While the Sapphire Reserve signup bonus was reduced at the end of March 2017, the card still set’s the benchmark for travel rewards credit cards. It gets an excellent return on travel and dining, comes with a complimentary Priority Pass Select membership that allows the cardholder, plus up to two guests, into the lounge, and has an industry-leading $300 annual travel credit. The Sapphire Reserve attracts a $550 annual fee.

  • Average: 776
  • Low: 683

Chase Freedom Unlimited®

The Freedom Unlimited has quickly become a favorite of the rewards travel scene because of the ability to pair it with the Chase Sapphire Preferred® Card, the Sapphire Reserve, and the Ink Business Preferred® Credit Card and transfer points to Chase travel partners.

  • Average: 748
  • Low: 685

Southwest Rapid Rewards® Plus Credit Card

The Southwest Plus Card is one of our favorite co-brand airline credit cards. The card has a welcome bonus of 40,000 points, and an annual fee of only $69, most of which is offset by the 3,000 bonus points on account anniversary.

  • Average: 752
  • Low: 685

Citi Prestige® Card

While we searched far and wide for information on the Prestige Card, we couldn’t nail down enough data points to give a reliable average. The majority of approval scores for this $495 annual fee card were in the high 700’s and low 800’s, which makes sense for a premium card commanding a high annual fee. If you have any data points you're willing to share; please let us know in the comments below.

The Platinum Card® from American Express

Always a class favorite, the Amex Platinum is one of the leading travel rewards cards in the world with a welcome offer of 100,000 Membership Rewards® points after you spend $6,000 on purchases on your new Card in your first 6 months of Card Membership. The card also provides unparalleled lounge access, a mammoth 5x points on airfare purchased directly through the airline or via Amex Travel (on up to $500,000 per calendar year), and a $200 annual airline credit. The Amex Platinum has a $695 annual fee (Rates & Fees).

  • Average: 716
  • Low: 643

Final Thoughts

The one thing that stands out looking at these credit scores is how low some of them are! There is a common misconception that to enter the points and miles game requires an exceptionally high credit score in the high 700’s at least. But, looking at the numbers above. Applicants with credit scores in the mid-to-high 600’s are in with a chance at acquiring some of the most valuable travel rewards credit cards available, provided everything else on the application presents a risk-free prospect to the lender. While we strongly recommend you only focus on top travel rewards cards with FICO scores over 700, you can see it is possible to be approved below that.

If you have any data points that could help others in the AwardWallet community, we would love to hear from you in the comments.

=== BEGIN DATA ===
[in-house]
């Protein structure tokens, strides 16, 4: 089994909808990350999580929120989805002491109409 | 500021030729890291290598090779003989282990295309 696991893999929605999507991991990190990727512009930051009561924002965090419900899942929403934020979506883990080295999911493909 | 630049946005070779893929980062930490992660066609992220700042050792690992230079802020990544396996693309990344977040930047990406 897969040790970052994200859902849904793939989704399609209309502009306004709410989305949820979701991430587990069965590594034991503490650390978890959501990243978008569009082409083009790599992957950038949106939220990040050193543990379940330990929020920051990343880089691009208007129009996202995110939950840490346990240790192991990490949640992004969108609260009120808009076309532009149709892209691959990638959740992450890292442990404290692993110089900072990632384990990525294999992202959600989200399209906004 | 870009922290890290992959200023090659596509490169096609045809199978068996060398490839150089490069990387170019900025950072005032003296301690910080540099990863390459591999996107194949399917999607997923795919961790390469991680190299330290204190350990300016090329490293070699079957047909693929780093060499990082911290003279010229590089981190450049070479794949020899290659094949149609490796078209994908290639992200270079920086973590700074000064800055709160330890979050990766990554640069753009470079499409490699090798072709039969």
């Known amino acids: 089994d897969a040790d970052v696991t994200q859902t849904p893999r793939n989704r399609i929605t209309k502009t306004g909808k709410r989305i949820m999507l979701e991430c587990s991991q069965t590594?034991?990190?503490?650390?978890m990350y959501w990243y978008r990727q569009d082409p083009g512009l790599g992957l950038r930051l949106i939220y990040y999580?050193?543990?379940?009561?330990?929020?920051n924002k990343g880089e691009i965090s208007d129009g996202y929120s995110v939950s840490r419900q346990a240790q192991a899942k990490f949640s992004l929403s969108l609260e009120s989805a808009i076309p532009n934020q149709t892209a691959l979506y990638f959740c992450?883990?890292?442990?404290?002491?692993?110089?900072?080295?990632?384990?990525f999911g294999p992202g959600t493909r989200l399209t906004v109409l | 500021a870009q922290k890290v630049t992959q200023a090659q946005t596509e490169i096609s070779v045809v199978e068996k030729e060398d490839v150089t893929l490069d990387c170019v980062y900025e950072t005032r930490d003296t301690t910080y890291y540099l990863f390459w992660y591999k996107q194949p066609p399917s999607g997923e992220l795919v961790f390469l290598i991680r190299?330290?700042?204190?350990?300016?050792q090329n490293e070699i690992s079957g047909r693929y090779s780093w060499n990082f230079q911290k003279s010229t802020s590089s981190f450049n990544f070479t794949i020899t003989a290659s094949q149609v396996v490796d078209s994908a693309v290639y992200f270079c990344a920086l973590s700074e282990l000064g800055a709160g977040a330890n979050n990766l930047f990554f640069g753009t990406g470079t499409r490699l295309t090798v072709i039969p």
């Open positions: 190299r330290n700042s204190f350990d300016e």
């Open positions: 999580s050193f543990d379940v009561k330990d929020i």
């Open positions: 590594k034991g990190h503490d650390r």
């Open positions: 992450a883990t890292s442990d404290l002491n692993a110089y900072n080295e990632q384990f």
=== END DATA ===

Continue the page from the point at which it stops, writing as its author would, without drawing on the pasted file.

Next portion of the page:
For rates and fees of the cards mentioned in this post, please visit the following links: The Platinum Card® from American Express (Rates & Fees)

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  • Alma Langrum says:

    I found this useful

  • stephen micheal says:

    I love this page, I really learn a lot today. good writer nice review.

  • Suellen Herwehe says:

    My 29 y.o. daughter got denied a Capital One Savor Credit Card–credit score is about 750 so she is not sure why she was denied. Good to know that other factors enter in.

  • Enjoyed reading this… Very good information.
    I’ve been pretty successful getting Chase to reconsider after being denied by simply calling and explaining more details about my income.

  • Thank you for this info! I really thinking of getting the Chase Sapphire card, since in a couples years I really want to treat my family and I to first going to Sydney. However, I have learned that it’ll take a LARGE number of UR to go nonstop and first on Qantas. I’m researching the best way to do this and think the Sapphire would help a lot. Anyone have any idea the best way to get points and/or miles to compliment my usage of UR to get this?

    On a different note, where in the world on the Hilton.com site do you find out where the points expire?! I do not know why I cannot find it. It’s really hurting my confidence ;o) lol! Maybe I should get my 5yr old to look? lol!

    • Karen, other programs to look at should be Membership Rewards, Citi ThankYou Points or SPG Points. They’re the most flexible travel rewards points out there with a series of transfer partners each. They’ll give you the most flexible options and best chance at achieving your goal. Keep in mind, regardless of how many points you have, first class on Qantas to Australia is VERY difficult, so be flexible.